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  1. Were the forces of nature combined in one unifying force at the time of the Big Bang?

  2. By which symmetry is this unification governed?

  3. Are there any evidence for such unification of forces?

  4. Has ever been published Theory or experiment in this issue? (Even original researches or unpublished theories. Anything that you can start with.)

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Dear Baner, concerning your update, yours is a formalism of classical mechanics that was most recently used for state-of-the-art theories more than 100 years ago, in 1905. It's just obsolete today and it makes no sense to try to discuss unification of forces using the formalism of classical physics. One needs at least "quantum field theory" to even discuss whether basic forces of Nature as we understand them today may unify and how. $F=ma+\Delta F$ won't do. – Luboš Motl Dec 14 '12 at 17:36
This is Einstein's theory of relativity and still applies, even in the LHC accelerator – anon Dec 14 '12 at 17:42
@baner Lubos Motl is right, your edit makes no sense. It is meaningless to discuss the unification of the forces of nature only in the classical limit. I am not sure if you know what you are asking about in your question ... You are not even able to fetch the right tags. – Dilaton Dec 14 '12 at 17:47

The unifying theories of the three non-gravitational forces are known as GUT, Grand Unified Theories. The only known consistent unification of all forces including gravity (plus the known matter species) is string/M-theory.

The relevant energies or temperatures where the unification become crystal clear are very high – de facto experimentally inaccessible – which is why the new aspects of these theories were only relevant shortly after the Big Bang and why it seems impossible to make "direct experiment tests" of any grand unifying theories or more ambitious ones. However, there are some general possible experimental discoveries that, if they would emerge, would be strong arguments in favor of the validity of the frameworks.

But there exists a powerful body of theoretical evidence that string theory is right and it seems more likely than not that grand unification is realized in Nature, too (string theory admits models without grand unification of the 3 non-gravitational forces in the usual sense).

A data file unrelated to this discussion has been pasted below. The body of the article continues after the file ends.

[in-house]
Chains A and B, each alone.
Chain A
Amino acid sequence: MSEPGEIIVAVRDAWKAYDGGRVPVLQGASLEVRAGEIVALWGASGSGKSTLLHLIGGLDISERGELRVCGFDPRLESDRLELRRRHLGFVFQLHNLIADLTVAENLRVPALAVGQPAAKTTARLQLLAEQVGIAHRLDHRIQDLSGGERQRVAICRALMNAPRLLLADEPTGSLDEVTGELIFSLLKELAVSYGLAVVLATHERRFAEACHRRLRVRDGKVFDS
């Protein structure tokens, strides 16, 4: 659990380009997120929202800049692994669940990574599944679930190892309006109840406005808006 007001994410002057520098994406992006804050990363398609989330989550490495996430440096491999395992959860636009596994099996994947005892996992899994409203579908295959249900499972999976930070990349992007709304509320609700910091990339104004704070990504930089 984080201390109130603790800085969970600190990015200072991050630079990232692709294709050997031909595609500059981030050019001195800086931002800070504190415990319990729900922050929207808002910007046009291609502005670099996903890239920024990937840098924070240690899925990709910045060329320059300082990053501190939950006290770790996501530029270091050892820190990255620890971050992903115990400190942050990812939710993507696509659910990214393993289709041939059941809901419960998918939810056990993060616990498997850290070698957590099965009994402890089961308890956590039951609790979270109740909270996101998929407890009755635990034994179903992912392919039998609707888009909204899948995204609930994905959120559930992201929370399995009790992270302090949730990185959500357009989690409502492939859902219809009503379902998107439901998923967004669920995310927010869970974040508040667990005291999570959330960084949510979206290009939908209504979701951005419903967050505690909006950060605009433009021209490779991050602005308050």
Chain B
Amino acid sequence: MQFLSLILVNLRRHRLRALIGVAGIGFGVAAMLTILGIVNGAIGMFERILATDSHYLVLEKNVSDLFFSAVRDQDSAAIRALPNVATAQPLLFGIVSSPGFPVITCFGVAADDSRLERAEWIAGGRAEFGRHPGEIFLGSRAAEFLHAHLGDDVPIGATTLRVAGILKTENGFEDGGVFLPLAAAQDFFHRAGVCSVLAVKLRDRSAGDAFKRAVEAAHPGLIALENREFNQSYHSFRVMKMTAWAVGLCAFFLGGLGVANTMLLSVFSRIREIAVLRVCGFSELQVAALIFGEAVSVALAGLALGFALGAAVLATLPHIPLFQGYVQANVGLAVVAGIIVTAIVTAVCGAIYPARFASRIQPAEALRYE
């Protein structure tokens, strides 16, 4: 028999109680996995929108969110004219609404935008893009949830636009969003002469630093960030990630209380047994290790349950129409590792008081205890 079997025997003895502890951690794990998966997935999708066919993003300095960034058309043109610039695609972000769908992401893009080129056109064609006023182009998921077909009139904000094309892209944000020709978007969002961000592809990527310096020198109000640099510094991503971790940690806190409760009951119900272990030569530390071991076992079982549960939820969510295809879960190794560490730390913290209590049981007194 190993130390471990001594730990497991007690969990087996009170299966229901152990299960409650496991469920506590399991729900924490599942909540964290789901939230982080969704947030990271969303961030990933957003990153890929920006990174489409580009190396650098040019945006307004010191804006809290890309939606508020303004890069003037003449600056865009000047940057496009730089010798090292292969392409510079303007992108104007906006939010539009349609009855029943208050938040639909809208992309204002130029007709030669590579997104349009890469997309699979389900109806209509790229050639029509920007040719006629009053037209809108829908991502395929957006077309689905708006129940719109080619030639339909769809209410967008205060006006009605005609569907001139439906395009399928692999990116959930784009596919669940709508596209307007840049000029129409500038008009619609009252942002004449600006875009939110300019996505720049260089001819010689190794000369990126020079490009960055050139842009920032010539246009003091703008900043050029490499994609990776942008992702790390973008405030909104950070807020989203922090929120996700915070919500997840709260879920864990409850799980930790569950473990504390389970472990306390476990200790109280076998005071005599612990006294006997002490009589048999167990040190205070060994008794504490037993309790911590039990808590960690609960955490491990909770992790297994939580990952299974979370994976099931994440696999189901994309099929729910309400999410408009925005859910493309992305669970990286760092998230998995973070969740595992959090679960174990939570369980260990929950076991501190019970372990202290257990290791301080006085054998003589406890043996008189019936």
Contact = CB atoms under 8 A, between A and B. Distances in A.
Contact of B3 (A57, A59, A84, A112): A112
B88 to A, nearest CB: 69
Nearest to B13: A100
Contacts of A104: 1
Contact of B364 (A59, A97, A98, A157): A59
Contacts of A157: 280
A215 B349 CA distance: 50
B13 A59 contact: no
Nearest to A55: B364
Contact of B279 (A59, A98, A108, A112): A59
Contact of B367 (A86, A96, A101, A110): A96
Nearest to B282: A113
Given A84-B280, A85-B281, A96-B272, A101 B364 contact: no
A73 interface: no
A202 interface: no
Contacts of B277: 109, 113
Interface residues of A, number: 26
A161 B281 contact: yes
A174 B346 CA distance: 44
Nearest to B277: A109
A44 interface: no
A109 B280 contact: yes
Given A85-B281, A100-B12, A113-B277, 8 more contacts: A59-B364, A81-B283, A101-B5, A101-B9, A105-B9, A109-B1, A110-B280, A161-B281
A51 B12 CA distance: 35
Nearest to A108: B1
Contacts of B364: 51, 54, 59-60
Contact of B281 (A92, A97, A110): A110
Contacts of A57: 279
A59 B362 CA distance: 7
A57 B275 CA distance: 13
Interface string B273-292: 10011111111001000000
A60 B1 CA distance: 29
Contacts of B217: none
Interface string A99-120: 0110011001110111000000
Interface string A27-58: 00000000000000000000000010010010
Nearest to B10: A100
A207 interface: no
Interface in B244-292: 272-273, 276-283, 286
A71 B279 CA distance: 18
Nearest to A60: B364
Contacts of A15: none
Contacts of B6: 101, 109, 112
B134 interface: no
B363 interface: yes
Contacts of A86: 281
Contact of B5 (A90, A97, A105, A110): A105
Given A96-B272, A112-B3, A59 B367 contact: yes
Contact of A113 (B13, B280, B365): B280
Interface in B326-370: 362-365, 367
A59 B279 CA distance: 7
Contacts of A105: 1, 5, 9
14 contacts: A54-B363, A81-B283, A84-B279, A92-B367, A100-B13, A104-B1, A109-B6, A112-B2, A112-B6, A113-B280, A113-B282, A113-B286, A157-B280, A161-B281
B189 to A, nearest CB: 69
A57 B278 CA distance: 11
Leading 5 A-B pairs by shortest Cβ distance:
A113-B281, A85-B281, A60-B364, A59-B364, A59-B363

There are many isolated detailed grand unified models and we don't know which is right. Analogously, string theory has many solutions how the empty space may look – although they're connected within the string theory framework – and no one quite knows which theory/solution is the relevant one for the Universe around us.

I am afraid it makes no sense to give you more details about the theories because it seems that you have never heard anything about them and too much data would just confuse you. The literature on the subjects is huge, tens of thousands of papers, and one can't really summarize and there's no point of doing so. There are also dozens or hundreds of popular books on the subject. You would have to ask more specific questions.

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Motl's claim that string/M-theory is "the only known consistent unification of all forces including gravity" is an exaggeration, because nobody has shown such thing. Moreover the internal consistency of string/M-theory has not been shown but is only "widely believed" as the second link states. – juanrga Dec 14 '12 at 16:31
i'm looking for a new theory – user17389 Dec 14 '12 at 17:15
I just need to write that the 3 comments above are not a part of my answer and I can't endorse any of them because none of them is valid. – Luboš Motl Dec 14 '12 at 17:25
I dont agree with juanrga either. These comments should be removed since they add neither to the topic of the question nor the the answer anything meaningful. They are rather distractive. – Dilaton Dec 14 '12 at 17:40
@bane you can watch this video of Prof. Susskind. Therein he explains how the electromagnetic, the weak and the strong forces can be unified into a larger SU(5) GUT structure. If you need to see the group theory watch the lecture before too. However, this SU(5) GUT does not contain gravity. – Dilaton Dec 14 '12 at 21:43

protected by Qmechanic Dec 22 '12 at 19:49

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